Event Title

Detecting Deception: Studying the Cues People Use to Distinguish Between Truth-Tellers and Liars

Location

CSU Ballroom

Start Date

9-4-2012 1:00 PM

End Date

9-4-2012 2:30 PM

Student's Major

Psychology

Student's College

Social and Behavioral Sciences

Mentor's Name

Emily Stark

Mentor's Department

Psychology

Mentor's College

Social and Behavioral Sciences

Description

Previous research has found that although people are generally not accurate at detecting deception, when people are forced to process videos or stories intuitively, they are better at distinguishing between lies and truths (Albrechtsen, Meissner, & Susa, 2009). The current study incorporates an open-ended measure to learn more about what types of specific cues influence participants’ judgments of lies and truths. Seventy-one participants viewed 16 video clips, some truths and some lies. Participants were then asked to determine whether the video clip was a truth or a lie and to write down any deception cues they noticed that helped them make their decision.

Some of the categories used to code these cues include: non-verbal, verbal story content, overall tone, delivery, and emotional delivery. Participants also responded to a scale measuring the extent to which they rely on intuition when making judgments. Results show that overall accuracy for lie detection is not significant, consistent with previous research. As we complete the coding of the cue listings, we expect that those who are more accurate in lie-detection will notice more deception-relevant cues than participants who are less accurate at lie detection, and that participants who rely more on intuition will be more accurate in detecting lies. This research combines individual difference measures of use of intuition, along with open-ended assessments of the cues that participants use, which has not yet been done in previous research, and will help us to learn more about how people distinguish between lies and truths.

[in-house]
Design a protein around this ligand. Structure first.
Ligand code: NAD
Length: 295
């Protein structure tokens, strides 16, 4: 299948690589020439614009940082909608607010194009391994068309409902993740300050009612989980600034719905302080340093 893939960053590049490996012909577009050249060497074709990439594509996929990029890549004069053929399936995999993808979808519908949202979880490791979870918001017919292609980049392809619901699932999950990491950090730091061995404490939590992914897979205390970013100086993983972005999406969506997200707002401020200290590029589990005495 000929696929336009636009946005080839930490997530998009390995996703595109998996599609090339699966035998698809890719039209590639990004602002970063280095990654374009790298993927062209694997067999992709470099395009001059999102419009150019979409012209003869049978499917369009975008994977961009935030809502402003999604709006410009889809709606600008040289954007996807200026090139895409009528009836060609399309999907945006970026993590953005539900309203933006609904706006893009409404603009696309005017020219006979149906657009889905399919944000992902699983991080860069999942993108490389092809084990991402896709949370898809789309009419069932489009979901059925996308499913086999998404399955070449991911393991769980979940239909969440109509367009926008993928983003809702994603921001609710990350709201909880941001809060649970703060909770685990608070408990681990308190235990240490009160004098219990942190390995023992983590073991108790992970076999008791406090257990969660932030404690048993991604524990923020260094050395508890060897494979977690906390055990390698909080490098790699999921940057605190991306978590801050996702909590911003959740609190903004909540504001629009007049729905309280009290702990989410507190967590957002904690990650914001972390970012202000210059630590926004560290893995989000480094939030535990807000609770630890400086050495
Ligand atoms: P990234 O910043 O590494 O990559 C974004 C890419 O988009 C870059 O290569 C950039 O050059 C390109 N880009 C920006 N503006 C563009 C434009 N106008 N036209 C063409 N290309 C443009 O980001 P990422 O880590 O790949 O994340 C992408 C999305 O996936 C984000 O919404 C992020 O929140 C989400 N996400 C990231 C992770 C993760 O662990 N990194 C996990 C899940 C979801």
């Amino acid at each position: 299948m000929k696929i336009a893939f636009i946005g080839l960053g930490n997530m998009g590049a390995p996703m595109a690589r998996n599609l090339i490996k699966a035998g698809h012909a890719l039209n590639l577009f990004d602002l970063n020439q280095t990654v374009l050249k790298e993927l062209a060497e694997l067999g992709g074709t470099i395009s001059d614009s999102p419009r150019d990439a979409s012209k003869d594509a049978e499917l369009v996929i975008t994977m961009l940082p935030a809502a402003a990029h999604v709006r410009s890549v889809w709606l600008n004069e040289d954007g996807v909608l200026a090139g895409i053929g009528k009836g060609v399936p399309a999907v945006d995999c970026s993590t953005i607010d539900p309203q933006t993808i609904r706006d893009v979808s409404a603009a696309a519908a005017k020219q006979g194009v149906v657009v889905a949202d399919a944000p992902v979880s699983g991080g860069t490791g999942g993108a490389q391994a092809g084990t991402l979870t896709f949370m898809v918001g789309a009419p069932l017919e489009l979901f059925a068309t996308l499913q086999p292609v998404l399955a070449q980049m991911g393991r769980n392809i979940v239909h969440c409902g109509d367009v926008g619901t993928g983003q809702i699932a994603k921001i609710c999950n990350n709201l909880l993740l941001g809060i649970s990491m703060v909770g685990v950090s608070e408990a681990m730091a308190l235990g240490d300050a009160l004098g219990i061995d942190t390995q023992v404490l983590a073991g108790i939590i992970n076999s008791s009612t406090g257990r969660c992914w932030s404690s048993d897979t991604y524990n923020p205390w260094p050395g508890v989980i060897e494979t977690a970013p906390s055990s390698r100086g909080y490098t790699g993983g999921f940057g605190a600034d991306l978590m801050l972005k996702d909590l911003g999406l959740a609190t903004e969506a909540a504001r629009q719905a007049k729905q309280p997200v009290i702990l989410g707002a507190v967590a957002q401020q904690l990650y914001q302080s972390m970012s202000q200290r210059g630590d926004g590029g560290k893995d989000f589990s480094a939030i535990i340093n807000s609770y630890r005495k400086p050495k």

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Apr 9th, 1:00 PM Apr 9th, 2:30 PM

Detecting Deception: Studying the Cues People Use to Distinguish Between Truth-Tellers and Liars

CSU Ballroom

Previous research has found that although people are generally not accurate at detecting deception, when people are forced to process videos or stories intuitively, they are better at distinguishing between lies and truths (Albrechtsen, Meissner, & Susa, 2009). The current study incorporates an open-ended measure to learn more about what types of specific cues influence participants’ judgments of lies and truths. Seventy-one participants viewed 16 video clips, some truths and some lies. Participants were then asked to determine whether the video clip was a truth or a lie and to write down any deception cues they noticed that helped them make their decision.

Some of the categories used to code these cues include: non-verbal, verbal story content, overall tone, delivery, and emotional delivery. Participants also responded to a scale measuring the extent to which they rely on intuition when making judgments. Results show that overall accuracy for lie detection is not significant, consistent with previous research. As we complete the coding of the cue listings, we expect that those who are more accurate in lie-detection will notice more deception-relevant cues than participants who are less accurate at lie detection, and that participants who rely more on intuition will be more accurate in detecting lies. This research combines individual difference measures of use of intuition, along with open-ended assessments of the cues that participants use, which has not yet been done in previous research, and will help us to learn more about how people distinguish between lies and truths.

Recommended Citation

Schramm, Amber. "Detecting Deception: Studying the Cues People Use to Distinguish Between Truth-Tellers and Liars." Undergraduate Research Symposium, Mankato, MN, April 9, 2012.
http://cornerstone.lib.mnsu.edu/urs/2012/poster-session-B/46